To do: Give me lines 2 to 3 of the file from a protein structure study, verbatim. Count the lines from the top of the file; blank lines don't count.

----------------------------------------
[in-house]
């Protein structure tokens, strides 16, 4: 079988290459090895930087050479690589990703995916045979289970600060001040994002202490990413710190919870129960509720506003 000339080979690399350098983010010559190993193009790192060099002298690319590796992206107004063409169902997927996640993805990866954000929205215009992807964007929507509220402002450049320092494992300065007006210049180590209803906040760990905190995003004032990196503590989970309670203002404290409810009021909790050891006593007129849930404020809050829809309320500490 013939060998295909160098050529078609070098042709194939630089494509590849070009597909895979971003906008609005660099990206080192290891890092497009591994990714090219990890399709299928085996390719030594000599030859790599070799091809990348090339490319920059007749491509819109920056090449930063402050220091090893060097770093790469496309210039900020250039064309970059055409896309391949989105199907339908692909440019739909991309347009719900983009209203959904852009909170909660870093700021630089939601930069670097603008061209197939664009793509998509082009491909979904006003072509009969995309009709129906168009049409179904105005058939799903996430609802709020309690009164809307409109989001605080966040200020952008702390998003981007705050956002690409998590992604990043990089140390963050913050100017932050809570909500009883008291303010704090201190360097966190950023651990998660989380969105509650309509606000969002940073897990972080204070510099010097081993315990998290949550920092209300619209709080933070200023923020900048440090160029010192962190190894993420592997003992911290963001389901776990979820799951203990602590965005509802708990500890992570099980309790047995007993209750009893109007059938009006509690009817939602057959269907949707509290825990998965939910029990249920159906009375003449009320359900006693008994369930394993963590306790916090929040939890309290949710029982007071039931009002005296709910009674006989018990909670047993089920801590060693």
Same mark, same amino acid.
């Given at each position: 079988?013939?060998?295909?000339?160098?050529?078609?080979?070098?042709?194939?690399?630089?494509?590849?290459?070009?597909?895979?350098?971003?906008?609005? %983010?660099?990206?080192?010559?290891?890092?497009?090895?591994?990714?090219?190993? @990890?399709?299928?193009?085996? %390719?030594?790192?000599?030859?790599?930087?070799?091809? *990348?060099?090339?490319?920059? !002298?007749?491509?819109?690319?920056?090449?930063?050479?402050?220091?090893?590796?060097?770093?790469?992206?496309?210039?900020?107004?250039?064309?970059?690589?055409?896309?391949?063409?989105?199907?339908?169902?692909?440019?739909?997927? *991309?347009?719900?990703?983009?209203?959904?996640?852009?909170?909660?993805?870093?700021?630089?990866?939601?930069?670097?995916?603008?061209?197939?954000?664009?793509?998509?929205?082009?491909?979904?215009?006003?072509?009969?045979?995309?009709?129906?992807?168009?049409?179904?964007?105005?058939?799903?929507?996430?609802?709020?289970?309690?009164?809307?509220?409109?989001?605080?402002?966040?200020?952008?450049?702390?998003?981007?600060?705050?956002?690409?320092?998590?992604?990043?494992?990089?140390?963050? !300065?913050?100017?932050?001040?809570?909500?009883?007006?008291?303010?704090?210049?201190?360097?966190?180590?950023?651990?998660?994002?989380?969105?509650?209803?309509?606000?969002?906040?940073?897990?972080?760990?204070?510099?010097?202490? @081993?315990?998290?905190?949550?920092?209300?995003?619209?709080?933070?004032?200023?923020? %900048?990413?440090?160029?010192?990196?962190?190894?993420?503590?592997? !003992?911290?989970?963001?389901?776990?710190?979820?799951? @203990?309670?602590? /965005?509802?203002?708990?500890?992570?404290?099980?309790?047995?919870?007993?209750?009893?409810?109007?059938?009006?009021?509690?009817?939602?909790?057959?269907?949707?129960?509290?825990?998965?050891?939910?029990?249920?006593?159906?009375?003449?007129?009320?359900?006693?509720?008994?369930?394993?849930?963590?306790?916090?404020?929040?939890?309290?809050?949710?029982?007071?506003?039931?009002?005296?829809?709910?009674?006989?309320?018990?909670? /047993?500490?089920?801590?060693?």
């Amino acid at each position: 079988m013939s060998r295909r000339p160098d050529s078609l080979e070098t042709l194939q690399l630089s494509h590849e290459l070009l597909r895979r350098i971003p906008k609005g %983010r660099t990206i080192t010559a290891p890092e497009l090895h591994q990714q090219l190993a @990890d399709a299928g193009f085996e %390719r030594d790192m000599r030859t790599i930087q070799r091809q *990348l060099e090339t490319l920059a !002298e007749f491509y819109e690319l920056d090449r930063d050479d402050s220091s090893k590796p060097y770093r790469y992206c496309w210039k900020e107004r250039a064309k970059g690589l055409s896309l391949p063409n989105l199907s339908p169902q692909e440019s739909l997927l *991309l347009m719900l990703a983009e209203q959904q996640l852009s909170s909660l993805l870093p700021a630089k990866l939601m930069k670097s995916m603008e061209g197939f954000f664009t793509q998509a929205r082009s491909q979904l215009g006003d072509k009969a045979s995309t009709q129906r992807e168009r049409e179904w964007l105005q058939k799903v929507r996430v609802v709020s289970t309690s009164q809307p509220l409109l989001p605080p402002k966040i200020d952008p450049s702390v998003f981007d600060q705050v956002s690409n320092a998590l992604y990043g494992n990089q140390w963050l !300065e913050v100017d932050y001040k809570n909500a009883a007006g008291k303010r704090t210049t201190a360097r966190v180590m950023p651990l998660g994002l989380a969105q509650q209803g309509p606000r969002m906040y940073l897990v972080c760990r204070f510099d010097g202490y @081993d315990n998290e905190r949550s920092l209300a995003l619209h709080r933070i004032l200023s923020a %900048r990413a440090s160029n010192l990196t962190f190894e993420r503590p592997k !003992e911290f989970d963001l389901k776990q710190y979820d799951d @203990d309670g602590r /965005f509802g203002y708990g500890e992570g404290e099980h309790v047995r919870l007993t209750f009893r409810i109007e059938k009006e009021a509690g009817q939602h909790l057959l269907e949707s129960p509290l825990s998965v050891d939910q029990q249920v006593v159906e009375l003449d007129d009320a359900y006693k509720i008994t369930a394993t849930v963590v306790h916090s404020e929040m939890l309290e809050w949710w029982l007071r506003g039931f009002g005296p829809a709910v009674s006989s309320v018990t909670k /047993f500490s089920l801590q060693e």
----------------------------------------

């Protein structure tokens, strides 16, 4: 079988290459090895930087050479690589990703995916045979289970600060001040994002202490990413710190919870129960509720506003 000339080979690399350098983010010559190993193009790192060099002298690319590796992206107004063409169902997927996640993805990866954000929205215009992807964007929507509220402002450049320092494992300065007006210049180590209803906040760990905190995003004032990196503590989970309670203002404290409810009021909790050891006593007129849930404020809050829809309320500490 013939060998295909160098050529078609070098042709194939630089494509590849070009597909895979971003906008609005660099990206080192290891890092497009591994990714090219990890399709299928085996390719030594000599030859790599070799091809990348090339490319920059007749491509819109920056090449930063402050220091090893060097770093790469496309210039900020250039064309970059055409896309391949989105199907339908692909440019739909991309347009719900983009209203959904852009909170909660870093700021630089939601930069670097603008061209197939664009793509998509082009491909979904006003072509009969995309009709129906168009049409179904105005058939799903996430609802709020309690009164809307409109989001605080966040200020952008702390998003981007705050956002690409998590992604990043990089140390963050913050100017932050809570909500009883008291303010704090201190360097966190950023651990998660989380969105509650309509606000969002940073897990972080204070510099010097081993315990998290949550920092209300619209709080933070200023923020900048440090160029010192962190190894993420592997003992911290963001389901776990979820799951203990602590965005509802708990500890992570099980309790047995007993209750009893109007059938009006509690009817939602057959269907949707509290825990998965939910029990249920159906009375003449009320359900006693008994369930394993963590306790916090929040939890309290949710029982007071039931009002005296709910009674006989018990909670047993089920801590060693």
Same mark, same amino acid.